The Last Post Ceremony commemorating the service of (404327) Sergeant John Francis Crozier, 104 Squadron RAF, Royal Australian Air Force, Second World War

Accession Number PAFU2014/053.01
Collection type Film
Object type Last Post film
Physical description 16:9
Maker Australian War Memorial
Place made Australia: Australian Capital Territory, Canberra, Campbell
Date made 22 February 2014
Access Open
Conflict Second World War, 1939-1945
Copyright Item copyright: © Australian War Memorial
Creative Commons License This item is licensed under CC BY-NC
Copying Provisions Copy provided for personal non-commercial use
Description

The Last Post Ceremony is presented in the Commemorative area of the Australian War Memorial each day. The ceremony commemorates more than 102,000 Australians who have given their lives in war and other operations and whose names are recorded on the Roll of Honour. At each ceremony the story behind one of the names on the Roll of Honour is told. Hosted by Andrew Smith, the story for this day was on (404327) Sergeant John Francis Crozier, 104 Squadron RAF, Royal Australian Air Force, Second World War.

Speech transcript

404327 Sergeant John Francis Crozier, No. 104 Squadron, RAF
KIA 14 July 1942
Photograph: P10648.006 (detail)

Story delivered 22 February 2014

Today we remember and pay tribute to Sergeant John Francis Crozier, whose photograph is displayed today beside the Pool of Reflection.

John Crozier, known as "Blackee" to his family, was born on 11 September 1916 in Beaudesert, Queensland, the second son of farmer John Crozier and his wife, Annie. His father had enlisted in the Australian Imperial Force to fight in the First World War not long before John was born and never met his son. After about a year's service with the 2nd Light Horse Regiment, he died of wounds at Rafa in the Middle East.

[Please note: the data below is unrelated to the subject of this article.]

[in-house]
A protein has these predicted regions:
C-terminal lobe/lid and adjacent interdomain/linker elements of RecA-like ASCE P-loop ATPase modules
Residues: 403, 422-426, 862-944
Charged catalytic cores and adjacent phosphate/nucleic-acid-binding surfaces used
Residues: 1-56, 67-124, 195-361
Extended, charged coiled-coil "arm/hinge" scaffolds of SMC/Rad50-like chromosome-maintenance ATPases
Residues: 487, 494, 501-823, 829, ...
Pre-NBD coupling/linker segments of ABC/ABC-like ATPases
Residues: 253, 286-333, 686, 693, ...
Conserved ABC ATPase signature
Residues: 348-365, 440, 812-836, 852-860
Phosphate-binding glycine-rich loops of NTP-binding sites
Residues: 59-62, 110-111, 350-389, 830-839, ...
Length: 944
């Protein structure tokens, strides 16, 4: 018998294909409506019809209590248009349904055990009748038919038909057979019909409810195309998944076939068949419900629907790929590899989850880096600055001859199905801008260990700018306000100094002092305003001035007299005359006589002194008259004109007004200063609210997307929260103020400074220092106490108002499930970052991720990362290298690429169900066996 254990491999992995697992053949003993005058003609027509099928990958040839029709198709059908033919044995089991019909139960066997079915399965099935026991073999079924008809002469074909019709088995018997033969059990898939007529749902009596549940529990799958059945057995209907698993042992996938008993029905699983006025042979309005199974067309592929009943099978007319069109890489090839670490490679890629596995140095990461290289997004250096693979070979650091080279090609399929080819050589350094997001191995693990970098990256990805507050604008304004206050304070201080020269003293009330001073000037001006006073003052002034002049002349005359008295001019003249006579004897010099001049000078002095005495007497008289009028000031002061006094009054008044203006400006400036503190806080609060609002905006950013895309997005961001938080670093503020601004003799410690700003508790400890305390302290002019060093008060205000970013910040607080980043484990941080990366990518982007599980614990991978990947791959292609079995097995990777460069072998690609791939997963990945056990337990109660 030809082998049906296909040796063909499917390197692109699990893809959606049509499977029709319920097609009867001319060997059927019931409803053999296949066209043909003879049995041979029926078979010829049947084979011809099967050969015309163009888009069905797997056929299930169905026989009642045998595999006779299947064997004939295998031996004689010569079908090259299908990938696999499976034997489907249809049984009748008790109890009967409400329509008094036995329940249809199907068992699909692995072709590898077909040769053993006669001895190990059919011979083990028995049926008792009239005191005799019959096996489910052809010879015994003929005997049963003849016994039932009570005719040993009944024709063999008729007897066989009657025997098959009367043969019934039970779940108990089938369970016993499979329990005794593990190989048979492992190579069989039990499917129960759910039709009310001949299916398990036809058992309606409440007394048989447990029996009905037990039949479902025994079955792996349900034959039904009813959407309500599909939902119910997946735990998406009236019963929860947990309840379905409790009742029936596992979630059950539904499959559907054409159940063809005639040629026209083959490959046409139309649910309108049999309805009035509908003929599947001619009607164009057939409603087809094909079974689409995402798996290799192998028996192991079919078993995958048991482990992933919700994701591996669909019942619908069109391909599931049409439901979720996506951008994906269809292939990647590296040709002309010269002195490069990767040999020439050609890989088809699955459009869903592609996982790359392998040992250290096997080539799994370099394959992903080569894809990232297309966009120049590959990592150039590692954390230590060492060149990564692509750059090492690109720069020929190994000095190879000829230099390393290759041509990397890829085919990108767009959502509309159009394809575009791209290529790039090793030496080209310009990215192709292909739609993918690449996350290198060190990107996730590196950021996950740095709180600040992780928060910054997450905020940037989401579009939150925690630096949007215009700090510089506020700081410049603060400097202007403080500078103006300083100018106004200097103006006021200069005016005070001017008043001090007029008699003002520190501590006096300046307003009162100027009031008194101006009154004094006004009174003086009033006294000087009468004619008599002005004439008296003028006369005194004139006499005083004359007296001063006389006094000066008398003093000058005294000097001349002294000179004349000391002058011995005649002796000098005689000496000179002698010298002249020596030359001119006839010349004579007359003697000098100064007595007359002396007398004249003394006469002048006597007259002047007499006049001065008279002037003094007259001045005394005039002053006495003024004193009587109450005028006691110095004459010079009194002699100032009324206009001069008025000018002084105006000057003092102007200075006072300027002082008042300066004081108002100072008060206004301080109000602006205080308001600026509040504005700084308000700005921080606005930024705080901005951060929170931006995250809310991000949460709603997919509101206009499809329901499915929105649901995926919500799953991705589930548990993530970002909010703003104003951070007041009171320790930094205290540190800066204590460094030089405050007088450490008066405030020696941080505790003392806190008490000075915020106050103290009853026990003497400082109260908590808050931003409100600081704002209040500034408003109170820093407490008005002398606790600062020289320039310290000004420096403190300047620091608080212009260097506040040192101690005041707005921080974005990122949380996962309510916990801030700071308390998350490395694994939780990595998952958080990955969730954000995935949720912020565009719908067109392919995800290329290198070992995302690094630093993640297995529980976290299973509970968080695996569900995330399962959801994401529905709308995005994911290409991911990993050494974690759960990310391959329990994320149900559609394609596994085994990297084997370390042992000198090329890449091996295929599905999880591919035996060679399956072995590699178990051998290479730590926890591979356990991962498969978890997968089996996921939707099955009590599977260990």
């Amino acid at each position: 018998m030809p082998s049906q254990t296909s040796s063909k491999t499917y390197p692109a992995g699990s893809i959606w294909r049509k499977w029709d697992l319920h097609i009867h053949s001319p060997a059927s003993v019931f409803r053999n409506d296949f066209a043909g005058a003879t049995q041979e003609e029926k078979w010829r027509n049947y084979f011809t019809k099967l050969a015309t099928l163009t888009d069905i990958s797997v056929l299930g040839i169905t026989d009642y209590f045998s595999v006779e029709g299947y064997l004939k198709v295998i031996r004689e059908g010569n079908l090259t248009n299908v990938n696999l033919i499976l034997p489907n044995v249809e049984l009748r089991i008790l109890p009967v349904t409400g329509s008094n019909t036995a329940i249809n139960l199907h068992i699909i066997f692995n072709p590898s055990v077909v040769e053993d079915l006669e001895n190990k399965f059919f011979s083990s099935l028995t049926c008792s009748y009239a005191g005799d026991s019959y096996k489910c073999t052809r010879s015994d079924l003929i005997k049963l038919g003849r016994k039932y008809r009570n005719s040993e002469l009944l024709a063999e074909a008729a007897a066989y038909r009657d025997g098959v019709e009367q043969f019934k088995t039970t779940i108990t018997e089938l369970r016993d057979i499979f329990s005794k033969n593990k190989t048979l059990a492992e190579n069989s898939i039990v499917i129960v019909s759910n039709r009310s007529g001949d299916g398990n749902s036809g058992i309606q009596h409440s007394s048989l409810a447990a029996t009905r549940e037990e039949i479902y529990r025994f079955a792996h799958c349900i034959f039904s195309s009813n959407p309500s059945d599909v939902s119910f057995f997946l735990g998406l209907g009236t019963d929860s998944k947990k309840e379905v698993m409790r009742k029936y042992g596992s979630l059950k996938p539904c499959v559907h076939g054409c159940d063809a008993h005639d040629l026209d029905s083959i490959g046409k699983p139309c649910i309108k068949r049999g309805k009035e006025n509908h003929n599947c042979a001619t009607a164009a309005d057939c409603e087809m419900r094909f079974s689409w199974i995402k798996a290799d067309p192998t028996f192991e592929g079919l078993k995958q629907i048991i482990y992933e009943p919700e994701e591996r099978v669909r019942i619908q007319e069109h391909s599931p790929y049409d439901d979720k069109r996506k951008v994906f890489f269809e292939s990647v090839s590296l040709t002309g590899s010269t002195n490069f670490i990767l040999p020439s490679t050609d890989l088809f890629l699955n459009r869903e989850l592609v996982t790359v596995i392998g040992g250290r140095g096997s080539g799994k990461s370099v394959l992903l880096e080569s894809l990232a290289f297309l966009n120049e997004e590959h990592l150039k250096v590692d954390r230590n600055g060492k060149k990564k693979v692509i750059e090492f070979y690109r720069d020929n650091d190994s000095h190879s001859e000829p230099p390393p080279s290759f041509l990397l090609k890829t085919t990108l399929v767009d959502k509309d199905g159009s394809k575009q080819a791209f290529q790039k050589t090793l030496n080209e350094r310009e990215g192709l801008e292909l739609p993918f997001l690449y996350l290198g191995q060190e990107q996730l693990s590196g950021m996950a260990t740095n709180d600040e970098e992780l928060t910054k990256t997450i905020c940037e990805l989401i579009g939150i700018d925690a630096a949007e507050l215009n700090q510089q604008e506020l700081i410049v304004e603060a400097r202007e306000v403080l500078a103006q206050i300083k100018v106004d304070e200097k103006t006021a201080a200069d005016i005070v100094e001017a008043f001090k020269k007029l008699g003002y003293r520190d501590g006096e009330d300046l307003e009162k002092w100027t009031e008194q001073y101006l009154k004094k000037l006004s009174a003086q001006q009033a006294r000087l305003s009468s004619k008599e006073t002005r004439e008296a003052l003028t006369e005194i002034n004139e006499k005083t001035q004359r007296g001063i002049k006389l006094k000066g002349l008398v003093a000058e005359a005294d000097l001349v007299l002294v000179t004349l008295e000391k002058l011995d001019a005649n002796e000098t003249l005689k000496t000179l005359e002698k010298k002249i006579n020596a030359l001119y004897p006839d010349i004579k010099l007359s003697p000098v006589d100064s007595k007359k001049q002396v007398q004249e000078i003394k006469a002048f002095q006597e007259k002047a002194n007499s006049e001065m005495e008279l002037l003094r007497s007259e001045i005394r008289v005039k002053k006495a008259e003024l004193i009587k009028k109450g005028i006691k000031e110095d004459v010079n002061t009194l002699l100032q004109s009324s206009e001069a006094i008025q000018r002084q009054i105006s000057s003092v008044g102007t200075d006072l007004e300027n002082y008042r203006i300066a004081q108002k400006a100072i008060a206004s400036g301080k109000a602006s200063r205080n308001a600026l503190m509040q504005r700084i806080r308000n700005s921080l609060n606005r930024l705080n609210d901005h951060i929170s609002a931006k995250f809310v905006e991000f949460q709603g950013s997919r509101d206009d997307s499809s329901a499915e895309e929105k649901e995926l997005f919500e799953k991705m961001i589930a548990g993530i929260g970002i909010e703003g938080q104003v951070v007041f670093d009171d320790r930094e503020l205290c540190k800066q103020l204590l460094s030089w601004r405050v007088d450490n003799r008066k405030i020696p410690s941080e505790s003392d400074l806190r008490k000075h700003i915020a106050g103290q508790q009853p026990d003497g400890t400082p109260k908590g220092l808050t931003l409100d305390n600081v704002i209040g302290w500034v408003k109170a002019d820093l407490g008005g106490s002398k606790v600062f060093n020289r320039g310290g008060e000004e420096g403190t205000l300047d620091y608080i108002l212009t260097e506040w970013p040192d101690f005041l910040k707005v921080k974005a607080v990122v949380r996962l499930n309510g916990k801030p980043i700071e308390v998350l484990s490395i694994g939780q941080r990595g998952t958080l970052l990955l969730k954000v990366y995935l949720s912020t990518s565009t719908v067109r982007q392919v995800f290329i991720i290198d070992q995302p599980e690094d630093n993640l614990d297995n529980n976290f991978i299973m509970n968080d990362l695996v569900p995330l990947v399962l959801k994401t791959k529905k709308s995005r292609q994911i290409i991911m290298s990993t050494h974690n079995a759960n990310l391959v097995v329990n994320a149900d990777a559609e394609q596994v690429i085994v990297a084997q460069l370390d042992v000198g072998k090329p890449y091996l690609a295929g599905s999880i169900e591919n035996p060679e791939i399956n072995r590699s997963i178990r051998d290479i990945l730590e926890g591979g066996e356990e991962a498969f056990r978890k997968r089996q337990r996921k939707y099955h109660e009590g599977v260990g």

John was raised by his widowed mother and grew up with a close extended family. He attended the Church of England Grammar School where he proved an able student and a good athlete. He represented the school in football, cricket, athletics, and swimming, and after school played A Grade Ruby Union with the YMCA. On leaving school he became a clerk and merchandiser with the Brisbane offices of the Australian Estates Company.

On the outbreak of war Crozier wanted to enlist in the Royal Australian Air Force but had to wait some months before he was accepted. In the meantime he served with the 122nd Heavy Battery Garrison Artillery of the militia. In April 1940 he was accepted for the air force and sent abroad for training under the Empire Air Training Scheme. He then became an observer on Wellingtons flying with No. 104 Squadron of the British Royal Air Force.

In 1941 the squadron was operating in the Middle East. On the night of 13 July they flew a mission from which Crozier's Wellington never returned. A search discovered the remains of the aircraft, which had crashed about thirty miles west of the Egyptian town of Wadi Natrun. Sergeant Crozier, the only Australian on board, was killed in the crash. The other five members of the crew survived unscathed. They reported that the crash had been caused by a sudden change in barometric pressure which forced the aircraft down.

Sergeant John Crozier was buried close to the site of the crash, but his grave could not be found after the war. John was long remembered by his family, including his mother, who had lost her husband to the First World War, his brother, Charles, and his many aunts, uncles, and grandparents. He was 25 years old.

His name is listed on the Roll of Honour on my left, along with around 40,000 others from the Second World War.

This is but one of the many stories of courage and sacrifice told here at the Australian War Memorial. We now remember Sergeant John Francis Crozier, and all of those Australians who have given their lives in the service of our nation.

  • Video of The Last Post Ceremony commemorating the service of (404327) Sergeant John Francis Crozier, 104 Squadron RAF, Royal Australian Air Force, Second World War (video)